Bilingualism and the Brain


There is strong evidence to suggest that bilingualism has a positive effect on the adult brain. However, the impact of bilingualism in children has yet to be explored.

A recent study by the Universities of Reading and Georgetown is the first of its kind to target this issue; the joint team of international researchers performed a comprehensive study, where the brains of 41 children and adolescents aged 3-21 were scanned and analysed. Brain scans were then grouped into two categories of either bilingual or monolingual children, and subsequently compared. The study found that children who are bilingual reach adulthood with more gray and white matter as they undergo less brain deterioration, compared to children who grew up similarly but only spoke one language. 

Gray matter is the area of the brain where the neuron bodies are found. An area of gray matter of particular importance is the cortex, or the outer edge of the brain. Gray matter, along with other areas of the brain, deteriorates as we age. This deterioration is seen through the shrinkage of the cortex. In order to measure gray matter deterioration, researchers often measure the volume, thickness and the surface area of the cortex; a depletion of these parameters over time is indicative of brain deterioration. These three matrices were analysed through brain scans of both monolingual and bilingual children and it was found that, despite gray matter beginning to deteriorate from a relatively early age, bilingual children showed less deterioration (hence, thicker and more voluminous cortices).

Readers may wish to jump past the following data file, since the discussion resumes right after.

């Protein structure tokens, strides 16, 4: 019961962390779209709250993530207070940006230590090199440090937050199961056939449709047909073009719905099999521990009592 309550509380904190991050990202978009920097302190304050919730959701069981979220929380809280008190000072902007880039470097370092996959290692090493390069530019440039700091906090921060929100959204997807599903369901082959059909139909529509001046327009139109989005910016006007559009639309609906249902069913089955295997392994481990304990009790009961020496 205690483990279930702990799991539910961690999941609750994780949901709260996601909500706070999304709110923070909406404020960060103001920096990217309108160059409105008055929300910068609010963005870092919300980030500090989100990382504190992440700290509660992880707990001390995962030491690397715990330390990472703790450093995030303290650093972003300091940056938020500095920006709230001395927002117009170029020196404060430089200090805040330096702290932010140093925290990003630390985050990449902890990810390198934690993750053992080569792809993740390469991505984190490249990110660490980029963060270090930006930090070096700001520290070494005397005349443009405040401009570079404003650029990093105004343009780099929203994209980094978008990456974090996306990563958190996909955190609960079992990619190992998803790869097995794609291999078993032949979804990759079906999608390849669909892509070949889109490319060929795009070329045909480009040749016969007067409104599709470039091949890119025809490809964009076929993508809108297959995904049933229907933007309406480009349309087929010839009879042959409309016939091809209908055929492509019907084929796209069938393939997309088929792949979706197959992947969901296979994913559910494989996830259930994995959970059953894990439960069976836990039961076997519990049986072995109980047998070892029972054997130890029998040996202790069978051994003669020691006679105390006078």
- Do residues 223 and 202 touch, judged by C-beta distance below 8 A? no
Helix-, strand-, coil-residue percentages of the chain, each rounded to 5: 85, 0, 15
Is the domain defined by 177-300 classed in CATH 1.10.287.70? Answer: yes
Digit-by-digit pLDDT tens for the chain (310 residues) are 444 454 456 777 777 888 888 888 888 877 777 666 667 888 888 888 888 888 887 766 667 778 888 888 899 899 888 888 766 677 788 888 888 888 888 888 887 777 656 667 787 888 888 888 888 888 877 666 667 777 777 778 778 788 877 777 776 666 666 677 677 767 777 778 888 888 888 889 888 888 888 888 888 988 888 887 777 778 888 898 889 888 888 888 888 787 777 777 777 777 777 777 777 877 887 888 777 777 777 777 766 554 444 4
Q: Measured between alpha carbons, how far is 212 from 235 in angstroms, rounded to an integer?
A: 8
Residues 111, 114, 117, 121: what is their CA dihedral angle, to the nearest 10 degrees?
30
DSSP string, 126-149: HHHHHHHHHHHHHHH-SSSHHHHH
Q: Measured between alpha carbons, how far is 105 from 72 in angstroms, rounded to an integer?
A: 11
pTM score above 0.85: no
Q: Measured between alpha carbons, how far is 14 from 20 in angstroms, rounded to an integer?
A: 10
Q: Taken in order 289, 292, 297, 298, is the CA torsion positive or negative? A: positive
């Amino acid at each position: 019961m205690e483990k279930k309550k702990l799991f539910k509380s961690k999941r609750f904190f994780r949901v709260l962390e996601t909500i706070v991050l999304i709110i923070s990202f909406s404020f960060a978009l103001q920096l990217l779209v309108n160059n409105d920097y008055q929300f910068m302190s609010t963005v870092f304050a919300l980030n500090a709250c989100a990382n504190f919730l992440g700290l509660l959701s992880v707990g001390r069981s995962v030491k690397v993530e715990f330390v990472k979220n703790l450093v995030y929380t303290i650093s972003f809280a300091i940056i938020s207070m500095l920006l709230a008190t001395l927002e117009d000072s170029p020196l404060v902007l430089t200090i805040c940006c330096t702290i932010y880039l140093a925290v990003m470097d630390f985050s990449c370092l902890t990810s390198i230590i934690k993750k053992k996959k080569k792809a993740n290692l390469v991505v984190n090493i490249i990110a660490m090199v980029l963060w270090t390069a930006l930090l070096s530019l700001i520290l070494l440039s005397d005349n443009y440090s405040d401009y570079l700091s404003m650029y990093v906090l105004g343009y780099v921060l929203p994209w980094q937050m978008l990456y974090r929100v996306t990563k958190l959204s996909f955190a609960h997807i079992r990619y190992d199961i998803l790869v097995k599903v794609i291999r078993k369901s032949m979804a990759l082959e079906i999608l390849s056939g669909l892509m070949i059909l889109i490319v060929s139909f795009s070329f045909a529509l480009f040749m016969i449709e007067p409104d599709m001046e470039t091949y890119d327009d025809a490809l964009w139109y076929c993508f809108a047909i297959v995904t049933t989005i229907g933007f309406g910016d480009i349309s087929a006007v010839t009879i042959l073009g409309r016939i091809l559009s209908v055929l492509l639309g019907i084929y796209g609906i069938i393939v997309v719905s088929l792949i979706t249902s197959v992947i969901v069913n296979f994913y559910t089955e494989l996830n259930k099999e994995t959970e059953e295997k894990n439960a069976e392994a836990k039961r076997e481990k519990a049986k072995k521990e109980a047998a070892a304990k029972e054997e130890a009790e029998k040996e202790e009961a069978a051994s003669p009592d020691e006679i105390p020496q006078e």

Upon a comprehensive analysis of several areas of gray matter in both mono- and bilingual children’s brains, the researchers found that specific areas showed less deterioration. These include the frontal (found on the forefront of the brain as highlighted in blue in the image below) and the parietal (the upper back portion of the brain, highlighted in yellow) regions of the cortex, which contribute to linguistics and articulatory functions.



Similarly, the researchers also found that white matter (the area of the brain in which the connections between neurons are found) was modified by bilingualism. Generally, white matter can be altered with experience and skill acquisition; it has been found that learning and maintaining new skills can lead to increased integrity of white matter, indicating optimized neuronal connections. The study found that bilingual children had increased white matter integrity, which suggests a higher affinity to language learning and control. Increased integrity of white matter obtained during childhood or adolescence may also preserve into adulthood.  

The differences between the brains of monolingual and bilingual children suggest that bilingualism positively impacts brain development, which has extended benefits into adulthood.  These results reinforce the advantages of bilingualism, while also providing the most comprehensive analysis of bilingualism effects in children, to date. Yet, further studies are required to establish the exact patterns of deterioration in both bilingual and monolingual children. Increasing sample size and reducing confounding factors may also be beneficial, particularly the ages at which the children acquire their second language, or their level of knowledge in their second language. Overall, this study is in line with existing evidence in adults that suggests that speaking more than one language positively affects the developing brain by reducing brain loss and deterioration.


Study: Pliatsikas, C., Meteyard, L., Veríssimo, J. et al. The effect of bilingualism on brain development from early childhood to young adulthood. Brain Struct Funct 225, 2131–2152 (2020).

Photo credit: Université du Luxembourg.
Featured photo credit: Mosaic, G. Vince (2016). 


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